I won't go into detail of his talk but the main points that we will find useful are as follows:

1. When grafting queen cells the starter hive should be queenless to take advantage of the emergency impulse to build cells. You can have lots of cells in a starter colony up to 30 or 40.
The finisher hive should however be queenright to replicate the supercedure impulse to encourage the bees to produce well fed cells before they are sealed. The finisher should take fewer cells say up to 20. You will therefore need more than one finisher if you are raising in excess of 20 cells in a batch.
2. Feed the donor or breeder hives with sugar syrup mixed with pollen or pollen substitute. Forcing the bees to use the extra protein as it's not in a form that can be stored. This produces cells with larvae swimming in royal jelly, easy for grafting. The same treatment for starter and finisher hives will produce well fed larvae in queen cells.
3. Use hose or irrigation pipe for queen cell protectors.
4. Place cells high in the second brood chamber or in the supers during the summer to replicate the conditions of supercedure.
It was encouraging to learn that we are on the right track with our methods and the improvements gleaned from Murray Reids' talk will improve our performance.

In the afternoon I attended the Bee Farmers annual meeting which went well, I was impressed with the committees effort during last year to work with DEFRA on the bee health strategy and their attempts to get the regional meetings under way. We will see what comes of their efforts in the near future.

Wednesday, 16 April 2008

Bees moved to OSR

Bees have been moved into position last night in the middle of a 60 acre oil seed rape field. We moved them open, on 1 tonne nissan pickups in wet but mild weather.
I checked the hives today it was the coldest weather I have worked bees for a long time, all were OK but very short of stores, a symptom of our weather this year. I fed the worst affected colonies and will check the rest on Sunday.

We wintered some colonies on double brood some on single, the single were fine coming through the winter but have been more prone to running out of stores in a season like this. At this time of year the brood nest is expanding rapidly and stores are used up at a rapid rates, so a shortage now can be disastrous for a colonies development. So we will feed those that need it until we are able to put the honey supers on.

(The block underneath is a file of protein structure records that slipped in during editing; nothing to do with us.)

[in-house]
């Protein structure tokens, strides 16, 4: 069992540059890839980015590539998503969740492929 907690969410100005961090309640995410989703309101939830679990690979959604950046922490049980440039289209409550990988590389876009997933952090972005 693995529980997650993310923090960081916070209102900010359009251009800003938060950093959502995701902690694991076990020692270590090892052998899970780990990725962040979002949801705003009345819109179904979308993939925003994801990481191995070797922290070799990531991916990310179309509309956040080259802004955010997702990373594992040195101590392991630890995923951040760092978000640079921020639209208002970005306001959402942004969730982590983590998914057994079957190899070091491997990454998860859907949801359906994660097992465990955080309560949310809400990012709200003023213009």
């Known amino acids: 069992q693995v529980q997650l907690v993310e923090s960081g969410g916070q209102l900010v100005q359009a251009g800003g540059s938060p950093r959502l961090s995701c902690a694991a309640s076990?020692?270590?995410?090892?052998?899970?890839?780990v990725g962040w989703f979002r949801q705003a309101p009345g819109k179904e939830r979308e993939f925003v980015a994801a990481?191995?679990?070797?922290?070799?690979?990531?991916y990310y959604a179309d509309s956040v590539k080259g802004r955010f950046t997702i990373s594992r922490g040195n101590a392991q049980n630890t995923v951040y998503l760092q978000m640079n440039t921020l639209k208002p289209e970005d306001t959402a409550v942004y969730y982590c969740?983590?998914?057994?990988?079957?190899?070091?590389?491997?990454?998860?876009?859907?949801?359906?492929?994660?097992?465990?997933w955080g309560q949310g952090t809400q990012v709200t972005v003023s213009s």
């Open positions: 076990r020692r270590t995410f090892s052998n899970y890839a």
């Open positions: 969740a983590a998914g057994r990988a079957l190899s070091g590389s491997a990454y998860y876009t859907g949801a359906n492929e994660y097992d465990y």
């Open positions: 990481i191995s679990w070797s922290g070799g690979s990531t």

Its also noticeable that hives wintered in Hereford are significantly ahead of those wintered in Shropshire, perhaps next year we should be looking at wintering most of our stocks further south.

Tuesday, 15 April 2008

Runner bean trial and leeks germinated

We are trying out a method of growing early Runner Beans. In short we planted Runner Bean seeds through a black mulch (biodegradable) and covered with a polythene cloche. The hope is that the cloche will protect the beans from any late frosts and give us beans much earlier in the season. Later once the beans have germinated we will push canes through the cloche to support the plants then split the cloche in June to allow the beans to grow up the canes

Today the leeks planted in frames seen above have germinated so I weeded them and covered with a bubble polythene cloche to advance growth. The leeks are in the frame shown on the right, you can see the soil surface covered with "Mypex" , this is put in place as seed is sown to prevent weed seed germination prior to the leek seedling emergence. This gives the young leeks less competition during the early development period.
We have a comparative trial with leeks sown in trays and those sown in the frames. So far the plants in trays are ahead but the time to judge is when the leeks get harvested.

Monday, 14 April 2008

In anticipation of warmer weather

We have started cultivating at last, the method we use is to deep tine (to 12" 18" deep) which provides aeration and breaks up any compacted layers in lower levels of the soil. We then rotovate to a depth of approx 3", this turns in any trash on the surface and provides a soft surface for planting.